The Prince and the Pauper

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Britt Assombalonga returned to the City Ground last Saturday, but was overshadowed by his cut price replacement Daryl Murphy.
The Middlesbrough striker, who cost a whopping 15 million pounds, fluffed his lines on his big day out. In stark contrast, Forest’s veteran Irishman did exactly what he’s been recruited to do, graft and score. As I keep saying, it’s early days for everyone in the Championship but this was an opportunity to prove or disprove that the 13 million pound difference in price tags were justified!
When Daryl Murphy signed for Nottingham Forest in the summer, many, including myself were surprised to see him getting a three year deal at the ripe old age of thirty four. A few thought that the transfer fee of two million pounds was excessive but as I continue to say, he cost one million more than a guy we bought in 1979! His penalty against Boro on Saturday was his third goal in as many games and placed him as the second highest marksman in the division thus far. This will come as no surprise to Newcastle United fans, who universally praised the Irishman during his brief spell at the Toon.
I watched both strikers carefully on Saturday, knowing that they’d be the basis for this very blog. Two very different types of hit men when you place them side by side and a definitive age gap also, a decade to be precise. Britt entered the arena as only he could, cocky and confident that he’d score against his former club. However; his over exuberance proved to be his undoing by the time that the final whistle had been blown. Meanwhile, Murphy seemed to go under the radar as he moved stealth like in the early periods of the match.
Forest began the game like a team possessed against Middlesbrough and the crowd certainly played their part too; mainly thanks to a pre match production from the effervescent Jonny Owen. The Welsh filmmaker who’s “I believe in miracles film” smashed the sporting film charts, is idolised by the Nottingham Forest faithful and rightly so. Had it not been for the miracles film, the club’s one hundredth and fiftieth year would have passed by the City Ground like driftwood in the Trent. As for his latest production; he’s raised the bar even higher this time.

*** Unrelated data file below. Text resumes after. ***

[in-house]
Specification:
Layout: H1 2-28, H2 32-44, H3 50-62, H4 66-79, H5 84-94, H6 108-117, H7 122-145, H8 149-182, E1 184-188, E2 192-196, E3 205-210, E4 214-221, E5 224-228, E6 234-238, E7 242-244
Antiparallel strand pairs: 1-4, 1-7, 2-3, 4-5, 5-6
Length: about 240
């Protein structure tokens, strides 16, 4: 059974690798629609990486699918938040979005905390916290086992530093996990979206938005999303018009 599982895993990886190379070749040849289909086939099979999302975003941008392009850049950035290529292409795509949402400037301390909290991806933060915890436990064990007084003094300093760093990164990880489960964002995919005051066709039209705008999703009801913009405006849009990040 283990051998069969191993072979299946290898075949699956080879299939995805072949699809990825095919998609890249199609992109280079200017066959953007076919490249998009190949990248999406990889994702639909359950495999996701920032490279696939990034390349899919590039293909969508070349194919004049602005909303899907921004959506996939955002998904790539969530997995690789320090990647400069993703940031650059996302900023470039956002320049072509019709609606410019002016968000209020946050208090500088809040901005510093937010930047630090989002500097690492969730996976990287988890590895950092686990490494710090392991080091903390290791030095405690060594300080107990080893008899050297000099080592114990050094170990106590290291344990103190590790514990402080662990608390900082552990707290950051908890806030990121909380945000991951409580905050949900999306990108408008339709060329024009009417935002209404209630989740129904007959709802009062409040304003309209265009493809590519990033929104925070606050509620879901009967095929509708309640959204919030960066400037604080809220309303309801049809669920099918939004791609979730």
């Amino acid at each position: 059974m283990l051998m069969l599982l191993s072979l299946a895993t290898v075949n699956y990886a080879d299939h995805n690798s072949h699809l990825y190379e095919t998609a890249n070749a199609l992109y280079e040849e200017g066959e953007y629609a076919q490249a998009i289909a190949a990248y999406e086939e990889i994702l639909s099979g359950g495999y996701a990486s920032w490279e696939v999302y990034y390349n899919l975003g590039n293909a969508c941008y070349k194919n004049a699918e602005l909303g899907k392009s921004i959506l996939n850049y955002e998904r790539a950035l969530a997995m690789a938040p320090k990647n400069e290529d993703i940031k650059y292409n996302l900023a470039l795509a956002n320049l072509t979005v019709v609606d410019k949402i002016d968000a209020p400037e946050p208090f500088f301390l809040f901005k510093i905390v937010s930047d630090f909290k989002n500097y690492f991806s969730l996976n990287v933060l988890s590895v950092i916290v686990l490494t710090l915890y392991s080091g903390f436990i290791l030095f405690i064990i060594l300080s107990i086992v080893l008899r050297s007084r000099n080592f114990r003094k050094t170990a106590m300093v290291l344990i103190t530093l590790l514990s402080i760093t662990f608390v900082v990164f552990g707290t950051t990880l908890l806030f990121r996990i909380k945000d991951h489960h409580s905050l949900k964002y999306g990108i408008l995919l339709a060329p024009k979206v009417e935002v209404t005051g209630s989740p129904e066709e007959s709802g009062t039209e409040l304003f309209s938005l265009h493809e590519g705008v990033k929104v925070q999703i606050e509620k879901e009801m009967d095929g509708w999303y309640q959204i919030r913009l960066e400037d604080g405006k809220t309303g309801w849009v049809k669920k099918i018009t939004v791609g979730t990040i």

As early as the twenty second minute I began to smell desperation in the air around Britt Assombalonga, his overreaction to a tackle by Bouchalakis was uncalled for and you got the feeling that he was trying too hard to impress. Meanwhile, Daryl Murphy continued to drop deep, pop off those early passes and rejoin the attack with those curved runs that are his trademark. In all fairness to Britt, he did get into some fantastic goal scoring positions but wasted them time after time. On another day, the Congolese forward could and should have bagged a hat trick; it would be remiss to omit the brilliance of Jordan Smith in the Forest goal whilst we’re on the subject too. He thwarted Assombalonga twice, when the former red looked odds on to get the goal he so desperately craved.
As the chances continued to go begging, Britt’s petulance increased with every miss. Following the Bouchalakis incident, he then elbowed and drew blood from Matt Mills before cynically clattering Jordan Smith in the seventy fifth minute. This was a pivotal moment in the game because the fifteen million pound man had finally imploded, much to the delight of the home supporters. Fast forward two minutes and you see a polar opposite, our two million pound veteran started and finished a sweeping move, and in doing so, the game itself as a contest. Murphy calmly controlled a ball from Eric Lichaj before holding off his marker and neatly playing in Kieran Dowell. The youngster’s cross led to Ben Brereton being bundled over for a penalty, which Murphy smashed home with ease past his Republic of Ireland team mate Darren Randolph.
My synopsis of the day’s events couldn’t have been simpler; Britt Assombalonga’s unhealthy obsession to make things personal cost his manager dearly. Meanwhile Daryl Murphy did what he’s always done; played for the team and scored in the process.

By Steve Corry

 

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